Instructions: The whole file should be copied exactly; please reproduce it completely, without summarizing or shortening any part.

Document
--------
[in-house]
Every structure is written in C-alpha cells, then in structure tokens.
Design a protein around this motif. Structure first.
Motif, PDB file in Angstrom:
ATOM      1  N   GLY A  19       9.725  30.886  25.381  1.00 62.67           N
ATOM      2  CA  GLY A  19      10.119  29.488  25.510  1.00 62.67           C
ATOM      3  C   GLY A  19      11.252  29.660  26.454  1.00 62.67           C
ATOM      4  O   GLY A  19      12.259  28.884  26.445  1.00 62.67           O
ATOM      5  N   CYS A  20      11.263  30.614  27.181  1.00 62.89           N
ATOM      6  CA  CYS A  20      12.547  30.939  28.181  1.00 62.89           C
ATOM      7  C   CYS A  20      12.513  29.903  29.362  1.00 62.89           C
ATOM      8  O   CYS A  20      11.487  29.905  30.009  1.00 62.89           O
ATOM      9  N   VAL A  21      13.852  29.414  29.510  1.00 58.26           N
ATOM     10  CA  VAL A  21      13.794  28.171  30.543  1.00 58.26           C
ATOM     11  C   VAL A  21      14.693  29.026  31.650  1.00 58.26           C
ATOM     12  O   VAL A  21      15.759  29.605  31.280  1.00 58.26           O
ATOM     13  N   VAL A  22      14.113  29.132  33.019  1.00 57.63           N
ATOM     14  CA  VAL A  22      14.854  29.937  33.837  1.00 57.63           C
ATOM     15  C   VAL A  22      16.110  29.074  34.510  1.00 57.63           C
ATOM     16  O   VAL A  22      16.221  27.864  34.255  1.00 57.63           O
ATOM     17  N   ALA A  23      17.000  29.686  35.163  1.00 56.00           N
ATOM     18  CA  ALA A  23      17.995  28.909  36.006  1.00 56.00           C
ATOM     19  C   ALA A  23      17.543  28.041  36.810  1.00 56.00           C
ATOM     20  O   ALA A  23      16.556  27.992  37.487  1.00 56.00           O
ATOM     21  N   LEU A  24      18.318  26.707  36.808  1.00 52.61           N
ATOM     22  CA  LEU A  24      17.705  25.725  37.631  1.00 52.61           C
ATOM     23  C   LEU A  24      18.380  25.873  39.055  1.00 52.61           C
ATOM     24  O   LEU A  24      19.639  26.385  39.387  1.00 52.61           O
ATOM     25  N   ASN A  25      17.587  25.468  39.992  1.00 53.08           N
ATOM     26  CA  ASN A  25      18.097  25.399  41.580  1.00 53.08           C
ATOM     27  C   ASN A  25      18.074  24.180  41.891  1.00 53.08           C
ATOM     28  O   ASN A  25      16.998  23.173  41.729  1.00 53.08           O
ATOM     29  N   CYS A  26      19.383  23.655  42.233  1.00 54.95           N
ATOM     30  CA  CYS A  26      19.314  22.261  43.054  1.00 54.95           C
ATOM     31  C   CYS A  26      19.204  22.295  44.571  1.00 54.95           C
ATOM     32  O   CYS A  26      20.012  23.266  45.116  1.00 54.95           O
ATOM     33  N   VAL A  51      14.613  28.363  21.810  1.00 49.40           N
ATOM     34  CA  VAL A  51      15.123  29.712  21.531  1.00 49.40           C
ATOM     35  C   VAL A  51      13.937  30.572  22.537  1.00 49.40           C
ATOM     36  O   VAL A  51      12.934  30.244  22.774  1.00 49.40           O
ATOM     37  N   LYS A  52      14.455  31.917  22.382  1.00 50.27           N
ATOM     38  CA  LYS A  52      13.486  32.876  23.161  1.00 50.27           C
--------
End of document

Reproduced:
[in-house]
Every structure is written in C-alpha cells, then in structure tokens.
Design a protein around this motif. Structure first.
Motif, PDB file in Angstrom:
ATOM      1  N   GLY A  19       9.725  30.886  25.381  1.00 62.67           N
ATOM      2  CA  GLY A  19      10.119  29.488  25.510  1.00 62.67           C
ATOM      3  C   GLY A  19      11.252  29.660  26.454  1.00 62.67           C
ATOM      4  O   GLY A  19      12.259  28.884  26.445  1.00 62.67           O
ATOM      5  N   CYS A  20      11.263  30.614  27.181  1.00 62.89           N
ATOM      6  CA  CYS A  20      12.547  30.939  28.181  1.00 62.89           C
ATOM      7  C   CYS A  20      12.513  29.903  29.362  1.00 62.89           C
ATOM      8  O   CYS A  20      11.487  29.905  30.009  1.00 62.89           O
ATOM      9  N   VAL A  21      13.852  29.414  29.510  1.00 58.26           N
ATOM     10  CA  VAL A  21      13.794  28.171  30.543  1.00 58.26           C
ATOM     11  C   VAL A  21      14.693  29.026  31.650  1.00 58.26           C
ATOM     12  O   VAL A  21      15.759  29.605  31.280  1.00 58.26           O
ATOM     13  N   VAL A  22      14.113  29.132  33.019  1.00 57.63           N
ATOM     14  CA  VAL A  22      14.854  29.937  33.837  1.00 57.63           C
ATOM     15  C   VAL A  22      16.110  29.074  34.510  1.00 57.63           C
ATOM     16  O   VAL A  22      16.221  27.864  34.255  1.00 57.63           O
ATOM     17  N   ALA A  23      17.000  29.686  35.163  1.00 56.00           N
ATOM     18  CA  ALA A  23      17.995  28.909  36.006  1.00 56.00           C
ATOM     19  C   ALA A  23      17.543  28.041  36.810  1.00 56.00           C
ATOM     20  O   ALA A  23      16.556  27.992  37.487  1.00 56.00           O
ATOM     21  N   LEU A  24      18.318  26.707  36.808  1.00 52.61           N
ATOM     22  CA  LEU A  24      17.705  25.725  37.631  1.00 52.61           C
ATOM     23  C   LEU A  24      18.380  25.873  39.055  1.00 52.61           C
ATOM     24  O   LEU A  24      19.639  26.385  39.387  1.00 52.61           O
ATOM     25  N   ASN A  25      17.587  25.468  39.992  1.00 53.08           N
ATOM     26  CA  ASN A  25      18.097  25.399  41.580  1.00 53.08           C
ATOM     27  C   ASN A  25      18.074  24.180  41.891  1.00 53.08           C
ATOM     28  O   ASN A  25      16.998  23.173  41.729  1.00 53.08           O
ATOM     29  N   CYS A  26      19.383  23.655  42.233  1.00 54.95           N
ATOM     30  CA  CYS A  26      19.314  22.261  43.054  1.00 54.95           C
ATOM     31  C   CYS A  26      19.204  22.295  44.571  1.00 54.95           C
ATOM     32  O   CYS A  26      20.012  23.266  45.116  1.00 54.95           O
ATOM     33  N   VAL A  51      14.613  28.363  21.810  1.00 49.40           N
ATOM     34  CA  VAL A  51      15.123  29.712  21.531  1.00 49.40           C
ATOM     35  C   VAL A  51      13.937  30.572  22.537  1.00 49.40           C
ATOM     36  O   VAL A  51      12.934  30.244  22.774  1.00 49.40           O
ATOM     37  N   LYS A  52      14.455  31.917  22.382  1.00 50.27           N
ATOM     38  CA  LYS A  52      13.486  32.876  23.161  1.00 50.27           C